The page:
In general, another aspect of the subject matter described in this specification can be embodied in methods that include the actions of accessing exposure data for viewing devices, each of the viewing devices being associated with a corresponding panelist, the exposure data describing, for each viewing device, advertisements that were presented by use of the viewing device; determining, for each panelist, advertisements that were presented by use of the viewing device associated with the panelist; determining, for each panelist, advertisements that were not presented by use of the viewing device associated with the panelist; selecting a proper subset of the panelists, each selected panelist in the proper subset of panelists being selected based on the determinations of advertisements that were presented and advertisements that were not presented by use of the viewing device associated with the panelist; for each of the selected panelists, generating a survey for the panelist, the survey including one or more questions, each of the questions having been selected based on the advertisements that were presented and advertisements that were not presented by use of the viewing device associated with the panelist; and receiving responses to the selected surveys from the selected panelists. Other embodiments of this aspect include corresponding systems, apparatus, and computer programs, configured to perform the actions of the methods, encoded on computer storage devices.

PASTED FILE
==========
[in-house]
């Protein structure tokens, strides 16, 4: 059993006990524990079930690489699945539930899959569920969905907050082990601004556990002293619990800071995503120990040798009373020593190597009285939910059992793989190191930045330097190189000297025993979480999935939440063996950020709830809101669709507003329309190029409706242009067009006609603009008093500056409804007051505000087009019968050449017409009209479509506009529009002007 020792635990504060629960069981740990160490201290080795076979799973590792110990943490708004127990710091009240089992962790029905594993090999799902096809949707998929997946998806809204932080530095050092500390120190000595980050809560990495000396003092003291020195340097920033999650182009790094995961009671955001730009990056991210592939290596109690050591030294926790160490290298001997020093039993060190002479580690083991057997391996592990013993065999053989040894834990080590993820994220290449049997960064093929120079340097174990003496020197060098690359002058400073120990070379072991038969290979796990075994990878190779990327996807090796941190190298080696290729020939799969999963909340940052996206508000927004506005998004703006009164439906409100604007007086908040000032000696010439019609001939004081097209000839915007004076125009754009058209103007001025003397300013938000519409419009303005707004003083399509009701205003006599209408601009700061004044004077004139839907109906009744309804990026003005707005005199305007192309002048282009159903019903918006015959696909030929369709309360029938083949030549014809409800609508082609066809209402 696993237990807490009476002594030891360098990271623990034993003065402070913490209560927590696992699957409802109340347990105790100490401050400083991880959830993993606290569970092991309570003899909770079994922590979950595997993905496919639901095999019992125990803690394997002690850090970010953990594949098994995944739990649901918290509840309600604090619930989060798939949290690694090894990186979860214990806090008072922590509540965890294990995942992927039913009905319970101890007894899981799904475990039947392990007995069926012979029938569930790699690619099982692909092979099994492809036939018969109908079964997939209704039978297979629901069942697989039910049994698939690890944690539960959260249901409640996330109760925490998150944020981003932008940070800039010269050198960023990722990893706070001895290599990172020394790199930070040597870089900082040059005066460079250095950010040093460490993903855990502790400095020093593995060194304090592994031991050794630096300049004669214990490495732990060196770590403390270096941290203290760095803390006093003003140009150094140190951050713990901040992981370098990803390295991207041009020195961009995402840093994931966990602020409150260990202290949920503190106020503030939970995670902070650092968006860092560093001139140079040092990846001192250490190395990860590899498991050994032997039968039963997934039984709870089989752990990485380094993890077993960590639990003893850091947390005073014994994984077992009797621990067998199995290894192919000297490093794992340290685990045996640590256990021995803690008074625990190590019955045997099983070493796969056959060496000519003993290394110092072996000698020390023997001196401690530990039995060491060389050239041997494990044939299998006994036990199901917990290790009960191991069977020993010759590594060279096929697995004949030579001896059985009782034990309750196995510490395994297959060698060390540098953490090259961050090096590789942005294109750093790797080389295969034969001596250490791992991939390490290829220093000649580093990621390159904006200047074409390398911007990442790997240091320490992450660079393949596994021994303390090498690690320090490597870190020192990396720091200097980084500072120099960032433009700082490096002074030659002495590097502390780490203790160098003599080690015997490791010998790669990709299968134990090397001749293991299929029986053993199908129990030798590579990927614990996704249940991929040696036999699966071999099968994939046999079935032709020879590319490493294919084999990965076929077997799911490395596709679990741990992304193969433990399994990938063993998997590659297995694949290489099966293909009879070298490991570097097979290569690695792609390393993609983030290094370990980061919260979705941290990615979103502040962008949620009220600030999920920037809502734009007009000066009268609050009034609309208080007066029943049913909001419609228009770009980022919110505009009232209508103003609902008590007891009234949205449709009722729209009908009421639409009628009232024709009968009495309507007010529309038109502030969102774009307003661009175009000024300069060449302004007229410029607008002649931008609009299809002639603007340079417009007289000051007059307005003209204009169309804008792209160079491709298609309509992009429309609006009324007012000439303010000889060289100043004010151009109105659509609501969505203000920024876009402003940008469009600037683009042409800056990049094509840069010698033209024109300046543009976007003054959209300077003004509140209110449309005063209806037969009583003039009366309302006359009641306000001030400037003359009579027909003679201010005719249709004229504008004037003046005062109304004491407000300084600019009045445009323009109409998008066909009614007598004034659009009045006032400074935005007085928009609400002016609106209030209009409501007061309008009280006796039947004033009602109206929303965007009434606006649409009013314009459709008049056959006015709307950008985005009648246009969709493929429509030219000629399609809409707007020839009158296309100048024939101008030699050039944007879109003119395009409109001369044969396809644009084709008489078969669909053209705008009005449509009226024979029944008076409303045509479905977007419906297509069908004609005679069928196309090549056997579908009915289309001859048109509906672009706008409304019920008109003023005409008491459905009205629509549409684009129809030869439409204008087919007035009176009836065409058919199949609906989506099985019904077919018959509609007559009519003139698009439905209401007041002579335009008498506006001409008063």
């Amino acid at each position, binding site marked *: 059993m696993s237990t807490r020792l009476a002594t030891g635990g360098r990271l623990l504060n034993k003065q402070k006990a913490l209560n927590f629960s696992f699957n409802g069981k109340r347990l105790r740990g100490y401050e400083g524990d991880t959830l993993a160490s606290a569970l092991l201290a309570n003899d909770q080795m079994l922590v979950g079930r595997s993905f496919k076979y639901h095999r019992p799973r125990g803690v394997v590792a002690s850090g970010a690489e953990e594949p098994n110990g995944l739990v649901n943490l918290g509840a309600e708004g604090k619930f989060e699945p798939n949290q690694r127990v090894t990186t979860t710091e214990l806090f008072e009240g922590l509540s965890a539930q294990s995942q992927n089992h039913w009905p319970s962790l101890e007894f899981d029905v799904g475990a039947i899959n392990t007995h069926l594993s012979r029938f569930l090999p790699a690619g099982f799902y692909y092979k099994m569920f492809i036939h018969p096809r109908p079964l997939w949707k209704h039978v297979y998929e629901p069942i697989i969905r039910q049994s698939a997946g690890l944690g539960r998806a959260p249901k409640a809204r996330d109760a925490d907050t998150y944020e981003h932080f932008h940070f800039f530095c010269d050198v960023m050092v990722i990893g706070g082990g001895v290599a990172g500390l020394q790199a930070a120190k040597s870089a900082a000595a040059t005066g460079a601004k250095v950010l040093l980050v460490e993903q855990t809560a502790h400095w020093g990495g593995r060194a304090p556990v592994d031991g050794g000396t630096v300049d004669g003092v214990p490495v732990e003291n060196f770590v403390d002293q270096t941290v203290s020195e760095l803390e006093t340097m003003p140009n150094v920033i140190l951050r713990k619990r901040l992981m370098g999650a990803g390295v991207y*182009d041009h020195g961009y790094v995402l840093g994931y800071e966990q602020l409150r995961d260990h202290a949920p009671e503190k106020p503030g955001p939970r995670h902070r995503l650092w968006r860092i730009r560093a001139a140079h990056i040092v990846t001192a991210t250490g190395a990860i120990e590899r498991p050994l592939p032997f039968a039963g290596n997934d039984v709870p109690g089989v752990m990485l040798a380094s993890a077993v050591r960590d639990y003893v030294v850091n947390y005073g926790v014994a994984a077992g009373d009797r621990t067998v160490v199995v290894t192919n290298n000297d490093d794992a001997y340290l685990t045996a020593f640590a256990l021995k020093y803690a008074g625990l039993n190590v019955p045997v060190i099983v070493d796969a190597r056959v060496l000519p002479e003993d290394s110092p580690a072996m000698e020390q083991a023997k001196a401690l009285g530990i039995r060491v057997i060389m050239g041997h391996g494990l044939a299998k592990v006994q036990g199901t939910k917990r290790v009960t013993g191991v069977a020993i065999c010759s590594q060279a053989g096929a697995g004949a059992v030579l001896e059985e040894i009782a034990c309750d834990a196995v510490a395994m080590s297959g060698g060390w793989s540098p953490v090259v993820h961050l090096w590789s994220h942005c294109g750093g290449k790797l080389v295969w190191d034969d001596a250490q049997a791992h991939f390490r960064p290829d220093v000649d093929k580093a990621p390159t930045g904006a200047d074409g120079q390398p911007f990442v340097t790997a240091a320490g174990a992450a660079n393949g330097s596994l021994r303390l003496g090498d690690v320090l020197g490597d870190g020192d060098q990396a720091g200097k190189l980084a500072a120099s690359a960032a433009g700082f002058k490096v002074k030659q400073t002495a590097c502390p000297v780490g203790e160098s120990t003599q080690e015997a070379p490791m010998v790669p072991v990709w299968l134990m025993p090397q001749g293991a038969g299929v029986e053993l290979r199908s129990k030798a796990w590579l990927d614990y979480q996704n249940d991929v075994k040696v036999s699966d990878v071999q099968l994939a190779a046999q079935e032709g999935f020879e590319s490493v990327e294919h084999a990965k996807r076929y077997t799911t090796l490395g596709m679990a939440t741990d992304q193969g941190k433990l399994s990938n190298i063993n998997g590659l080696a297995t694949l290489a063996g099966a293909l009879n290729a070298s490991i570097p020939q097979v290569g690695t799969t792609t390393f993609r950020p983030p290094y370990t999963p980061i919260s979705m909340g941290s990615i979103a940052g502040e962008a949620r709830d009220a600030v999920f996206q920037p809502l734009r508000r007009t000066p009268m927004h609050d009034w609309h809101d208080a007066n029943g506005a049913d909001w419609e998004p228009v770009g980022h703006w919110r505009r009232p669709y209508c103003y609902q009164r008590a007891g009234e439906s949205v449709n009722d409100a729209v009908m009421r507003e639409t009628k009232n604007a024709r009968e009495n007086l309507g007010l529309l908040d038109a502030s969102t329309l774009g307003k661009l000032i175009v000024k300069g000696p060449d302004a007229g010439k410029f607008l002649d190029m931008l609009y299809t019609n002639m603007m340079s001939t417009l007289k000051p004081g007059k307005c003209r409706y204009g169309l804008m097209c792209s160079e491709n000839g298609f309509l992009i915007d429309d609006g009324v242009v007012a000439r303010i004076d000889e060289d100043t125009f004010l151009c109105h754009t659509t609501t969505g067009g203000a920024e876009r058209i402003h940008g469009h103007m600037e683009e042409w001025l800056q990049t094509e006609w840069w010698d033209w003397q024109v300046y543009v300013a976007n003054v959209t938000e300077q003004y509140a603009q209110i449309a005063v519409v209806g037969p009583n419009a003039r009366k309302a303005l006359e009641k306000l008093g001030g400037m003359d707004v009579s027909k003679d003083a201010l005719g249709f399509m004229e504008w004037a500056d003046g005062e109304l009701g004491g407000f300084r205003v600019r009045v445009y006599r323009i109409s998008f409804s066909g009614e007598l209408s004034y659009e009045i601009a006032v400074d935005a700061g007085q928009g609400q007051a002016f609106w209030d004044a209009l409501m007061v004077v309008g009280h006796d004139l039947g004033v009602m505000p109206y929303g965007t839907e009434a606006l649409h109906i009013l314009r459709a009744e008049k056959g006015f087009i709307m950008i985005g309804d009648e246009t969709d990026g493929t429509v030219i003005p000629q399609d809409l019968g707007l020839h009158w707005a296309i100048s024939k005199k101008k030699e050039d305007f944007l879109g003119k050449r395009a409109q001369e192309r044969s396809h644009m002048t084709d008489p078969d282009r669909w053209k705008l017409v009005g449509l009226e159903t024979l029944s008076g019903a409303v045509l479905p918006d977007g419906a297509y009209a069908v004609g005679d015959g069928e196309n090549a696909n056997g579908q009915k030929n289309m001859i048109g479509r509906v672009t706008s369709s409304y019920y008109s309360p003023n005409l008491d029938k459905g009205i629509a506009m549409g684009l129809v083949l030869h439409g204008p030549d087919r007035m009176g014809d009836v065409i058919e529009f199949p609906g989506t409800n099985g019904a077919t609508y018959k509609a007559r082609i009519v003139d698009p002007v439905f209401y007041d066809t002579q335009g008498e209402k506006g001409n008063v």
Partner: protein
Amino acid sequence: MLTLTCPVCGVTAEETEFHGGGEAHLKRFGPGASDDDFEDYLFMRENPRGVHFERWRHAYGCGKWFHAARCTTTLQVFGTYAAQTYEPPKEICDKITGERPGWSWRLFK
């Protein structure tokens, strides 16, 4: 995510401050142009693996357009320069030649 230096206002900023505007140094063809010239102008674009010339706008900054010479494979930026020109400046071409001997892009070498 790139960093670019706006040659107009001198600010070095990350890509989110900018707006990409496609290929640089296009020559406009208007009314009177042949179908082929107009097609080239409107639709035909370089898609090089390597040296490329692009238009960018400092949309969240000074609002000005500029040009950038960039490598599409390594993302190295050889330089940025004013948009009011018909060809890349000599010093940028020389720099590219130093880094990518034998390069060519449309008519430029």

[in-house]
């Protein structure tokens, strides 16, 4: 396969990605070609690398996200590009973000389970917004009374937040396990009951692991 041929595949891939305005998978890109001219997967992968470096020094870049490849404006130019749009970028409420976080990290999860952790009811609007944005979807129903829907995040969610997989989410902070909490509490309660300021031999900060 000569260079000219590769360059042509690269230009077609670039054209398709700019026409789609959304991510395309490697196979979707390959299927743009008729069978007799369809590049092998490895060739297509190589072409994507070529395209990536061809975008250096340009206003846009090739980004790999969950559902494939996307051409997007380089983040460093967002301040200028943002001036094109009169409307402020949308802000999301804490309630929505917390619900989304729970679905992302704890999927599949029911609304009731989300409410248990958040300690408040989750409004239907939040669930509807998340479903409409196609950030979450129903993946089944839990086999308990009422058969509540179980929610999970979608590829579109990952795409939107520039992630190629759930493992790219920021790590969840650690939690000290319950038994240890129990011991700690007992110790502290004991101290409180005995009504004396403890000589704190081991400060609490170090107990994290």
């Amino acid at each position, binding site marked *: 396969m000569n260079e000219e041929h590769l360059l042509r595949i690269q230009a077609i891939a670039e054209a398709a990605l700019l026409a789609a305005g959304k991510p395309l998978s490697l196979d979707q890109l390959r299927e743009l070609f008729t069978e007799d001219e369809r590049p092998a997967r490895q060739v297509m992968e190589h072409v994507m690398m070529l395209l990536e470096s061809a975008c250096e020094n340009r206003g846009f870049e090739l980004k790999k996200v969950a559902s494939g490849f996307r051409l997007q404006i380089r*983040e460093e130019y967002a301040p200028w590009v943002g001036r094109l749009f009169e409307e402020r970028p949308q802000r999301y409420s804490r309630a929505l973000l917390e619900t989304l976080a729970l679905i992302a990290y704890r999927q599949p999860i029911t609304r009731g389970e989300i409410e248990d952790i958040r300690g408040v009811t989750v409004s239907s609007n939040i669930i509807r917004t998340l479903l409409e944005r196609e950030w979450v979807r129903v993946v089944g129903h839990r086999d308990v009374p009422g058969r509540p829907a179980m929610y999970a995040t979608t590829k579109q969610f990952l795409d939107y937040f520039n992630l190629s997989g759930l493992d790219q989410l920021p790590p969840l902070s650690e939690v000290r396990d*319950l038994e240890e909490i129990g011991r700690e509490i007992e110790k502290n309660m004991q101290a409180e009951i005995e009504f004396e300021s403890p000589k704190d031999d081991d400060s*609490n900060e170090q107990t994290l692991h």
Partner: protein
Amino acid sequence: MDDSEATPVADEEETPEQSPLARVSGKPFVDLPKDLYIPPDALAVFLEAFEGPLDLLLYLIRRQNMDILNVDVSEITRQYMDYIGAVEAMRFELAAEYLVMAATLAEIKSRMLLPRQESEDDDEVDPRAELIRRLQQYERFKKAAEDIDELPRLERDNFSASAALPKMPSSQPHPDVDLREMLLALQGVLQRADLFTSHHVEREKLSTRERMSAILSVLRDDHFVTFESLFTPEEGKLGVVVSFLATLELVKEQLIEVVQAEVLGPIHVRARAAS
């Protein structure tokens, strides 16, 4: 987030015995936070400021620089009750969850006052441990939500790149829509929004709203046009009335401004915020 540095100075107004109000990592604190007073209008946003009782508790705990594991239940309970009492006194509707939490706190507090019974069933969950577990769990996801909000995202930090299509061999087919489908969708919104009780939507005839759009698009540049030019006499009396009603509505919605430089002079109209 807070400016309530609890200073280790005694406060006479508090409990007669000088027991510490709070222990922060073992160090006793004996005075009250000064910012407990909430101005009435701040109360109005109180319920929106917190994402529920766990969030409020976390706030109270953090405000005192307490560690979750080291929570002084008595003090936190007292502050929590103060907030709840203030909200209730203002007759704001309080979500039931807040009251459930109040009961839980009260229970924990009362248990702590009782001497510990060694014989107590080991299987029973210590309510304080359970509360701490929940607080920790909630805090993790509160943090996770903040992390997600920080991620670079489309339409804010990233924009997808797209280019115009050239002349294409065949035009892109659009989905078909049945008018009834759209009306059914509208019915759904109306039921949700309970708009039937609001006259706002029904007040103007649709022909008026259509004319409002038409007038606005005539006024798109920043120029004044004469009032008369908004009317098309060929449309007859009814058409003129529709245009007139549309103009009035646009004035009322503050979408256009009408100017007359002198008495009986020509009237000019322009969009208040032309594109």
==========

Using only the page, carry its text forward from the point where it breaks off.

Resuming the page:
Particular embodiments of the subject matter described in this specification can be implemented to realize one or more of the following advantages. Surveys can be targeted to viewers based on the knowledge that the viewer had an opportunity to view an advertisement (i.e., the advertisement was presented on a device associated with the viewer) or did not have an opportunity to view the advertisement (i.e., the advertisement was not presented on a device associated with the viewer), thus reducing the survey miss rate and increasing the return on investment (ROI) of the survey. Survey responses can be compared to exposure data that specifies, for each viewing and/or browsing device, advertisements that were presented by use of the devices, and biases can be determined. Survey participants (“panelists”) can be grouped into subsets based on whether a panelist was exposed to the advertisement and/or the number of times the panelists was exposed to the advertisement. Each subset can thus be provided customized surveys based on the exposure data for that subset. Panelists can also be grouped by demographic data to increase the actionability of the survey. The demographic data can be classic demographic data, such as gender, age, income level, persons identified in a particular list, etc., or can be behavioral demographic data derived from the panel data itself (e.g., a panelists that stopped watching a first program when a host departed, or panelists who use their computers while watching television, etc.).